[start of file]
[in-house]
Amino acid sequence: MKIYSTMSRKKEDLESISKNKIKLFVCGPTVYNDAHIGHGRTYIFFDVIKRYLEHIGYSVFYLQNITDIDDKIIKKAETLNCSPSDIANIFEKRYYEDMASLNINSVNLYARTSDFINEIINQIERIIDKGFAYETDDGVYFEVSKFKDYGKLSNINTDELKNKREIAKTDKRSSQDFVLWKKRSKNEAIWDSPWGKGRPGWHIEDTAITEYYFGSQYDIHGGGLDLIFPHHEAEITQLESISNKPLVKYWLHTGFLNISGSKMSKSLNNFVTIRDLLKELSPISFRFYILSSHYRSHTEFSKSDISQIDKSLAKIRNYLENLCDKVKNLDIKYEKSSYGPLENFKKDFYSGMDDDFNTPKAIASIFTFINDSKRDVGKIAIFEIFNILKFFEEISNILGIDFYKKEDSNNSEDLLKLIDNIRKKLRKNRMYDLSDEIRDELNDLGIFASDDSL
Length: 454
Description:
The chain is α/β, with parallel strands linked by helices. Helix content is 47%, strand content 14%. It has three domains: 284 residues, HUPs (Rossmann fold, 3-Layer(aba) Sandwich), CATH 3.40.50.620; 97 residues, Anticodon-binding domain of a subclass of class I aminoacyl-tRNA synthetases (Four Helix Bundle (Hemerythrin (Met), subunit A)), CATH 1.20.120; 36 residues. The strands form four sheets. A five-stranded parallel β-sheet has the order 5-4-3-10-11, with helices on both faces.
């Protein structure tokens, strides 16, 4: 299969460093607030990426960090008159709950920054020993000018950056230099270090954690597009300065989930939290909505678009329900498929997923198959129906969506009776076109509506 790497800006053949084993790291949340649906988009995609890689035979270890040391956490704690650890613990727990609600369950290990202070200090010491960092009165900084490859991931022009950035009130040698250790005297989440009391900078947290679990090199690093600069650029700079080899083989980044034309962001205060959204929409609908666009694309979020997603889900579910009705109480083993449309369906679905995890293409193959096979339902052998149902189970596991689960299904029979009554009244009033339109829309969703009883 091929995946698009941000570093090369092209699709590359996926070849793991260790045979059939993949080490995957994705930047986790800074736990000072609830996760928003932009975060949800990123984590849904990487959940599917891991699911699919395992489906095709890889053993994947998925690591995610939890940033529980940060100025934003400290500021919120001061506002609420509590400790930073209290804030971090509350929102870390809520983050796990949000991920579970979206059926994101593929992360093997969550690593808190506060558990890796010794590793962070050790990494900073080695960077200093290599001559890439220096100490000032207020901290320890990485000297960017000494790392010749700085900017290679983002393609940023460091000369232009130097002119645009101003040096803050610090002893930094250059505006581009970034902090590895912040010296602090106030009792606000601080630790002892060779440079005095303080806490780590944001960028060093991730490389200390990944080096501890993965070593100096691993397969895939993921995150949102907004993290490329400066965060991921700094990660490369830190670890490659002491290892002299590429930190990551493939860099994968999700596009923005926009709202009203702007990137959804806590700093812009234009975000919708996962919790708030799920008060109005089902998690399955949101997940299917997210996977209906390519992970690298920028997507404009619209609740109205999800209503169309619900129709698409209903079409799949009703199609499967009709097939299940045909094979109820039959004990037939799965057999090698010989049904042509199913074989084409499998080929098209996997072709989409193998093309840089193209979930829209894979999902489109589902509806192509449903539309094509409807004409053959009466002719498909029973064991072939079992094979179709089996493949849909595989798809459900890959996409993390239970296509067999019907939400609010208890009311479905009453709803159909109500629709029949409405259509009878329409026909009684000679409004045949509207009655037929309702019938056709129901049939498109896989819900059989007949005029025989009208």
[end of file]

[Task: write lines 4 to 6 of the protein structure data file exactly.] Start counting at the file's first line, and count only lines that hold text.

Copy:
Description:
The chain is α/β, with parallel strands linked by helices. Helix content is 47%, strand content 14%. It has three domains: 284 residues, HUPs (Rossmann fold, 3-Layer(aba) Sandwich), CATH 3.40.50.620; 97 residues, Anticodon-binding domain of a subclass of class I aminoacyl-tRNA synthetases (Four Helix Bundle (Hemerythrin (Met), subunit A)), CATH 1.20.120; 36 residues. The strands form four sheets. A five-stranded parallel β-sheet has the order 5-4-3-10-11, with helices on both faces.
């Protein structure tokens, strides 16, 4: 299969460093607030990426960090008159709950920054020993000018950056230099270090954690597009300065989930939290909505678009329900498929997923198959129906969506009776076109509506 790497800006053949084993790291949340649906988009995609890689035979270890040391956490704690650890613990727990609600369950290990202070200090010491960092009165900084490859991931022009950035009130040698250790005297989440009391900078947290679990090199690093600069650029700079080899083989980044034309962001205060959204929409609908666009694309979020997603889900579910009705109480083993449309369906679905995890293409193959096979339902052998149902189970596991689960299904029979009554009244009033339109829309969703009883 091929995946698009941000570093090369092209699709590359996926070849793991260790045979059939993949080490995957994705930047986790800074736990000072609830996760928003932009975060949800990123984590849904990487959940599917891991699911699919395992489906095709890889053993994947998925690591995610939890940033529980940060100025934003400290500021919120001061506002609420509590400790930073209290804030971090509350929102870390809520983050796990949000991920579970979206059926994101593929992360093997969550690593808190506060558990890796010794590793962070050790990494900073080695960077200093290599001559890439220096100490000032207020901290320890990485000297960017000494790392010749700085900017290679983002393609940023460091000369232009130097002119645009101003040096803050610090002893930094250059505006581009970034902090590895912040010296602090106030009792606000601080630790002892060779440079005095303080806490780590944001960028060093991730490389200390990944080096501890993965070593100096691993397969895939993921995150949102907004993290490329400066965060991921700094990660490369830190670890490659002491290892002299590429930190990551493939860099994968999700596009923005926009709202009203702007990137959804806590700093812009234009975000919708996962919790708030799920008060109005089902998690399955949101997940299917997210996977209906390519992970690298920028997507404009619209609740109205999800209503169309619900129709698409209903079409799949009703199609499967009709097939299940045909094979109820039959004990037939799965057999090698010989049904042509199913074989084409499998080929098209996997072709989409193998093309840089193209979930829209894979999902489109589902509806192509449903539309094509409807004409053959009466002719498909029973064991072939079992094979179709089996493949849909595989798809459900890959996409993390239970296509067999019907939400609010208890009311479905009453709803159909109500629709029949409405259509009878329409026909009684000679409004045949509207009655037929309702019938056709129901049939498109896989819900059989007949005029025989009208």